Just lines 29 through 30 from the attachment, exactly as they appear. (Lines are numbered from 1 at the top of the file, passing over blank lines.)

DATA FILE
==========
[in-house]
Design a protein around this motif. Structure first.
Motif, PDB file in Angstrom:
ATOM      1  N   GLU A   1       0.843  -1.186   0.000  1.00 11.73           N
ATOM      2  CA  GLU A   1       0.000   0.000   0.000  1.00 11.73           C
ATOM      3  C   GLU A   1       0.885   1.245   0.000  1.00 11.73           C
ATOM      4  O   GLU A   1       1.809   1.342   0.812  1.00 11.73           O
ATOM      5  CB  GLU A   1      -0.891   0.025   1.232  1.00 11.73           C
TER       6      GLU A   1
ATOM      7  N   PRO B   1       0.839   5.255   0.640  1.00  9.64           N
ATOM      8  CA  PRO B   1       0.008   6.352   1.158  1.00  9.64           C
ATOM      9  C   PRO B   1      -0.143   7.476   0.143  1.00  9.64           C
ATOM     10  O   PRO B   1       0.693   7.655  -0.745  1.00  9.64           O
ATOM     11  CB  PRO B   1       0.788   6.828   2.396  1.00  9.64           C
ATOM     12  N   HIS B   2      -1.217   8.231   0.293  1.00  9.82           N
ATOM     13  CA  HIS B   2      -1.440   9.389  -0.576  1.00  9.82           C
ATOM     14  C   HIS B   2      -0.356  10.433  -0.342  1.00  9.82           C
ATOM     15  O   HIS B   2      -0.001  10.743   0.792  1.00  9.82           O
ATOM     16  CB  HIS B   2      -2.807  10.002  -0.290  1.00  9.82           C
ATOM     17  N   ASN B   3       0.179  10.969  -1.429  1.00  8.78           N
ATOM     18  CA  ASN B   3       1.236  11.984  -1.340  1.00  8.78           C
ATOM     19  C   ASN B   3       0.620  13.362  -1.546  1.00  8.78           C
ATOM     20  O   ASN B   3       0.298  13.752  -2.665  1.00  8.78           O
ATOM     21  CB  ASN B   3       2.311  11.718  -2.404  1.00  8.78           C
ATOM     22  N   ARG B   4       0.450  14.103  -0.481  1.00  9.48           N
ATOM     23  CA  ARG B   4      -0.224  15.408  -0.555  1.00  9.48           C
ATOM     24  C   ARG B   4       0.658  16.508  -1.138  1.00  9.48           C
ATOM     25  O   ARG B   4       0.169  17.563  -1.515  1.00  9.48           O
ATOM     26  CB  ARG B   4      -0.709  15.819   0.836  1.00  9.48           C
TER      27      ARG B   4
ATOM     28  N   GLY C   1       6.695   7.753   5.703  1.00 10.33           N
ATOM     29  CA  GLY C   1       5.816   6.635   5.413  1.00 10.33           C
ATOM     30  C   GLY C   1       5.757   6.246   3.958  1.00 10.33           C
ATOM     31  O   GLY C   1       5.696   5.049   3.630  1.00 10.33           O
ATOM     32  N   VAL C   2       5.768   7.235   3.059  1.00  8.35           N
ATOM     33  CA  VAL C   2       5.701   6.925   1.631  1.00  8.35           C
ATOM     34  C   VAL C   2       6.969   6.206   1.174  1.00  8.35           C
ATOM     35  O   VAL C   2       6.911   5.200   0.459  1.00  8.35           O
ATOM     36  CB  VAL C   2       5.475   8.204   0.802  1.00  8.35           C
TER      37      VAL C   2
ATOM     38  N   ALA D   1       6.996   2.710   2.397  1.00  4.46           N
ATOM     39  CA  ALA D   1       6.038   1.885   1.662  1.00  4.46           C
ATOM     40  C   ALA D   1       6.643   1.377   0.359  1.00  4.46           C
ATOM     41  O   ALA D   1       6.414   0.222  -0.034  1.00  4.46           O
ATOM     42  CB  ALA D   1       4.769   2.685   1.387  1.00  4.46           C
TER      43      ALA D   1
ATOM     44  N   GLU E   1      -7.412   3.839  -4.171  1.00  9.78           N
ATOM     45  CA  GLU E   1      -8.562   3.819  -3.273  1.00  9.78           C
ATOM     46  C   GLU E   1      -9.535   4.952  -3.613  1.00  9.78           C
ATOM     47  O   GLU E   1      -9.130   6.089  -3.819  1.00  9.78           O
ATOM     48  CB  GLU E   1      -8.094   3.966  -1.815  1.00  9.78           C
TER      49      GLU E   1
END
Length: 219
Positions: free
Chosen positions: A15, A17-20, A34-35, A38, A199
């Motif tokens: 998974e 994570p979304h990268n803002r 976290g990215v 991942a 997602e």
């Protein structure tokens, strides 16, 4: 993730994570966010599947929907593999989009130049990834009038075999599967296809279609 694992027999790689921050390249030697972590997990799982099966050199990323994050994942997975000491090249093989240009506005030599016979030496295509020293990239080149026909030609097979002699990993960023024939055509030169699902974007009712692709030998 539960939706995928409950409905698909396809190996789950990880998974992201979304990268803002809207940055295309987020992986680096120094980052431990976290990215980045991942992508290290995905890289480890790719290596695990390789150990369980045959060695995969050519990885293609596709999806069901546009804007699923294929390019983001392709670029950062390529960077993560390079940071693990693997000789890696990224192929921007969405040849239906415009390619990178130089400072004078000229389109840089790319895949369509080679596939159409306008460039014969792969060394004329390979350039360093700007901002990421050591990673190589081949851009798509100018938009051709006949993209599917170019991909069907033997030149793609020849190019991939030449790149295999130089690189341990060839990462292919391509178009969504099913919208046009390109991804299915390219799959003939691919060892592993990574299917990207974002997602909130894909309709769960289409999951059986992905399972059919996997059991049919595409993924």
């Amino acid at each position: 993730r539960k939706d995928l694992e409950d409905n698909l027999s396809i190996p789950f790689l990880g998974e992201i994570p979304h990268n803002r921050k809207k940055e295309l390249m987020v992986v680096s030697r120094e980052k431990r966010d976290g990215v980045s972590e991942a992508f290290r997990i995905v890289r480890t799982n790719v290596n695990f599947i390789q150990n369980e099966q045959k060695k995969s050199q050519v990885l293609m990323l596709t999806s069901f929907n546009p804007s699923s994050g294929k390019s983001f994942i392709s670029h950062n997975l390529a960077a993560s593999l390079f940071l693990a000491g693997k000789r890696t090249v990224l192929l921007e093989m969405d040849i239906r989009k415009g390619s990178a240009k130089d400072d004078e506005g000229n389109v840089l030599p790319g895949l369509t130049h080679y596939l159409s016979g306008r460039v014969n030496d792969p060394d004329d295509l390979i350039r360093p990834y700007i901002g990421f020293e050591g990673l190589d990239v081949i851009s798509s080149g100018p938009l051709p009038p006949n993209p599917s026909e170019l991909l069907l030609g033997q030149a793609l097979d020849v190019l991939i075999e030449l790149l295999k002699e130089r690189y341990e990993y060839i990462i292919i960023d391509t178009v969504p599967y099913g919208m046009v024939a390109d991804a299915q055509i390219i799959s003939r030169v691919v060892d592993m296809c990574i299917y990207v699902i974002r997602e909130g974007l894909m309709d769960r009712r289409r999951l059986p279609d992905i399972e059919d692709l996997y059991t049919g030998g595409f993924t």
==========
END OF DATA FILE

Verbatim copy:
ATOM     26  CB  ARG B   4      -0.709  15.819   0.836  1.00  9.48           C
TER      27      ARG B   4